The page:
Heroism and the Gavra Raba(1)
It is difficult for a child to give an appropriate appraisal of his/her parents. Sometimes it is the intimacy of people which makes it impossible to fully grasp the greatness of another person. Too much familiarity causes too little appreciation. Only when some kind of separation has set in and the other is no longer immediately available, do thoughts break through which allow a better understanding of those who have been the closest to us.
If there is a way that I could best describe my mother a’h’, it is by quoting a Talmudic passage which has always puzzled me.
The Talmud in Makkoth 22b discusses the identity of a “Gavra Raba”, a really great human being. It quotes a most remarkable observation by the well known sage Rava who states: “How foolish are some people who stand up out of respect for a Sefer Torah but do not stand up out of respect for a Gavra Raba, an exceptionally great person.” When asked what is so exceptionally great about a Gavra Raba, Rava does not explain this to be someone with a remarkably vast knowledge of Torah, or even somebody with outstanding ethical and religious qualities. Instead he describes a Gavra Raba as someone who has the power and courage to change the obvious and literal meaning of a commandment in the Torah.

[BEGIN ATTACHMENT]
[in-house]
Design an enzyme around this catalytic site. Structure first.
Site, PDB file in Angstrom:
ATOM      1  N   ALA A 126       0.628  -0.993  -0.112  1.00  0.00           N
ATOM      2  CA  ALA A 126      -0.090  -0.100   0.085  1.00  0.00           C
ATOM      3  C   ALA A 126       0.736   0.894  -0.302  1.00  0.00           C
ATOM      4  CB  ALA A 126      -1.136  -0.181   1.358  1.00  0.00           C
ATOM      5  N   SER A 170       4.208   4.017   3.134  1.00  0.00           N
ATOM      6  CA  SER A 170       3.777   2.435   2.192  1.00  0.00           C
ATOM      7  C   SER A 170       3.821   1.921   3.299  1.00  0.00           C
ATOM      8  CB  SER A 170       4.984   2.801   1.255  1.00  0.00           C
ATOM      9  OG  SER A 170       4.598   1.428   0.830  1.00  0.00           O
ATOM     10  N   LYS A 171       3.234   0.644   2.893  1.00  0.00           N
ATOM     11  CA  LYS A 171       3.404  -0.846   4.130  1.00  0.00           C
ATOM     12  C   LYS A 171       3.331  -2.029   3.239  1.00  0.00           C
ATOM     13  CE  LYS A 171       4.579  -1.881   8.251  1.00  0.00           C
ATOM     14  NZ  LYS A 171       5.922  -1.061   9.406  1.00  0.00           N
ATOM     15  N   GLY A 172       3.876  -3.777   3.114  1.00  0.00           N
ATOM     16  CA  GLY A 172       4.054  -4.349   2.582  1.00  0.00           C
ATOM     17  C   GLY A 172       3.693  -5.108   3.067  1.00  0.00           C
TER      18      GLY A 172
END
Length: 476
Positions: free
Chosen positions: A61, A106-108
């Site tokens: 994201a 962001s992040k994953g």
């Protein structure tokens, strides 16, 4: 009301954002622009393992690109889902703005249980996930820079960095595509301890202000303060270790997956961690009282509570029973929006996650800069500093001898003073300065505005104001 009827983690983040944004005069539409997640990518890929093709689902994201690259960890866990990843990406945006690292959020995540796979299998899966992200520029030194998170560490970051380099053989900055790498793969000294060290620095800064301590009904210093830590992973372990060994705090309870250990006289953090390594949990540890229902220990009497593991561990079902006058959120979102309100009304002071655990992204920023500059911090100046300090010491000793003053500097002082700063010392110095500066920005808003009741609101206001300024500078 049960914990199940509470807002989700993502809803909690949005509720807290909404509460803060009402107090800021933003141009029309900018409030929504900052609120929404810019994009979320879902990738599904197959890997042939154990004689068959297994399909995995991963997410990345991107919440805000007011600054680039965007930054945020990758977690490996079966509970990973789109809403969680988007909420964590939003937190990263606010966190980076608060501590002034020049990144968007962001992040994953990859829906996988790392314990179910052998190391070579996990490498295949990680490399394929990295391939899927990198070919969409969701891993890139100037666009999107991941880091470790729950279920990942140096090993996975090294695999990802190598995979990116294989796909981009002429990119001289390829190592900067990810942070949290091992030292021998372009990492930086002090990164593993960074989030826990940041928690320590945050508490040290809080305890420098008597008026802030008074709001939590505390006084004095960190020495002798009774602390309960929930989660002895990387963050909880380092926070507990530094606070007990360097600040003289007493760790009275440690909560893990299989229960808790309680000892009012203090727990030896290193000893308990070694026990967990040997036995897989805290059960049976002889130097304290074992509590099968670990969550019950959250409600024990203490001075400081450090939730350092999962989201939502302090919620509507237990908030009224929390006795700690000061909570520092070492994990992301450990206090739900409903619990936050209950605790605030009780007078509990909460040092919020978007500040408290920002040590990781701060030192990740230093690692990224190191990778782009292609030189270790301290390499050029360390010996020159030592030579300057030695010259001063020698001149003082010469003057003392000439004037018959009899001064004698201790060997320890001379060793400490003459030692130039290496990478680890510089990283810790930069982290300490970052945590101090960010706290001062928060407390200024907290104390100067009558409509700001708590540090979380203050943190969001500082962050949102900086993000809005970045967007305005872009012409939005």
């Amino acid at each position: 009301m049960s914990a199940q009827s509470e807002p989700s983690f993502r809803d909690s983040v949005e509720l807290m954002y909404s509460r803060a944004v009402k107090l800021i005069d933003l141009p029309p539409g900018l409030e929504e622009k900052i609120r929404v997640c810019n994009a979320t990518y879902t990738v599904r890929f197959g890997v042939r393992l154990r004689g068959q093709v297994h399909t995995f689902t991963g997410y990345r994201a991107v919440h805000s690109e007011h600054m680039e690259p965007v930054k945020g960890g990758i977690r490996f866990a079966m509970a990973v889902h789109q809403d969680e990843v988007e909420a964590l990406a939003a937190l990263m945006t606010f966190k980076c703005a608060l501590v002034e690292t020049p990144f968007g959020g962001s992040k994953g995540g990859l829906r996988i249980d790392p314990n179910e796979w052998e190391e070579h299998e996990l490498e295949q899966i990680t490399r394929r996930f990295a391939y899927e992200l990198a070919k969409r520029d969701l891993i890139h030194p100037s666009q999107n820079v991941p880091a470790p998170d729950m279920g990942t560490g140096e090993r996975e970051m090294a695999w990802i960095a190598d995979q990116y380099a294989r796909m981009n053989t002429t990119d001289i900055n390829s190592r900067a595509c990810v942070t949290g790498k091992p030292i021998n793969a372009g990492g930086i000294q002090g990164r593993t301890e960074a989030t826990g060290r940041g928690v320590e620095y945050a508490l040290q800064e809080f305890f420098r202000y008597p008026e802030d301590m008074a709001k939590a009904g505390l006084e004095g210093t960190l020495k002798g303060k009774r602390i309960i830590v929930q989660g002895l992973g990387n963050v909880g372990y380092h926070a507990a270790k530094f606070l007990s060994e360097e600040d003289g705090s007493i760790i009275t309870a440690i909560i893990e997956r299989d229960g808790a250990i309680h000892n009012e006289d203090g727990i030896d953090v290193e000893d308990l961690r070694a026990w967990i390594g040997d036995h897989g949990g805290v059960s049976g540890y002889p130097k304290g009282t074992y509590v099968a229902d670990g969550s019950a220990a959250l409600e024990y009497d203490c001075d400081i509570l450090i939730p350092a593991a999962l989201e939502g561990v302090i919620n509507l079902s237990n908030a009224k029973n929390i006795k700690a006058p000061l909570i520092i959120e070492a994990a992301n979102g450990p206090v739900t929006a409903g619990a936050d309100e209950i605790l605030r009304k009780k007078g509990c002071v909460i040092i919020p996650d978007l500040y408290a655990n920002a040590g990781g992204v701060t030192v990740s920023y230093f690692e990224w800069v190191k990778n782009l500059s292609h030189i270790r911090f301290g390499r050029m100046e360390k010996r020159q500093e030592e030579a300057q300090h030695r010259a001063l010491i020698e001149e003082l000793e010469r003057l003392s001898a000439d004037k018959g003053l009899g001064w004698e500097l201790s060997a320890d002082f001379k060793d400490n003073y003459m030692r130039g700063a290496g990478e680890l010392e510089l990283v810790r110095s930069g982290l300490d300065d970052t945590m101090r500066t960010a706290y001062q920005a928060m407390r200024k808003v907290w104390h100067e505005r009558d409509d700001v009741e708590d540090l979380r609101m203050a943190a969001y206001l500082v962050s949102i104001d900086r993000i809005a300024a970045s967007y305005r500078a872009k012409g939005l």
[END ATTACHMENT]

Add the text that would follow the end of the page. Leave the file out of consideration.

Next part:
The example which Rava gives is most telling:
While the Torah commands the Jewish Court to administer 40 lashes for certain offenses (Devarim 25, 2-3) the Rabbis reduced them to 39.(2) This courage to change the literal meaning of the text, says Rava, is what makes them into exceptionally great people. They recognized their own authority as people who were invested with the power to interpret the biblical text in accordance with the spirit of the Oral Torah, which gave them the right, and even obligation, to change the literal meaning of certain biblical texts, when it became clear that a deeper reading of the text and its spirit called for such a move. In this case they concluded that the number 40 could not be taken literally and should therefore be reduced to 39 and it is for this reason that Rava maintains that these sages should be even more respected than the actual Sefer Torah, the biblical text. After all, the text is only the frozen aspect, or outer garment of a living organism, the essential Torah. It is only in the Oral Torah, as explained by the sages, that the real meaning of the Torah becomes apparent.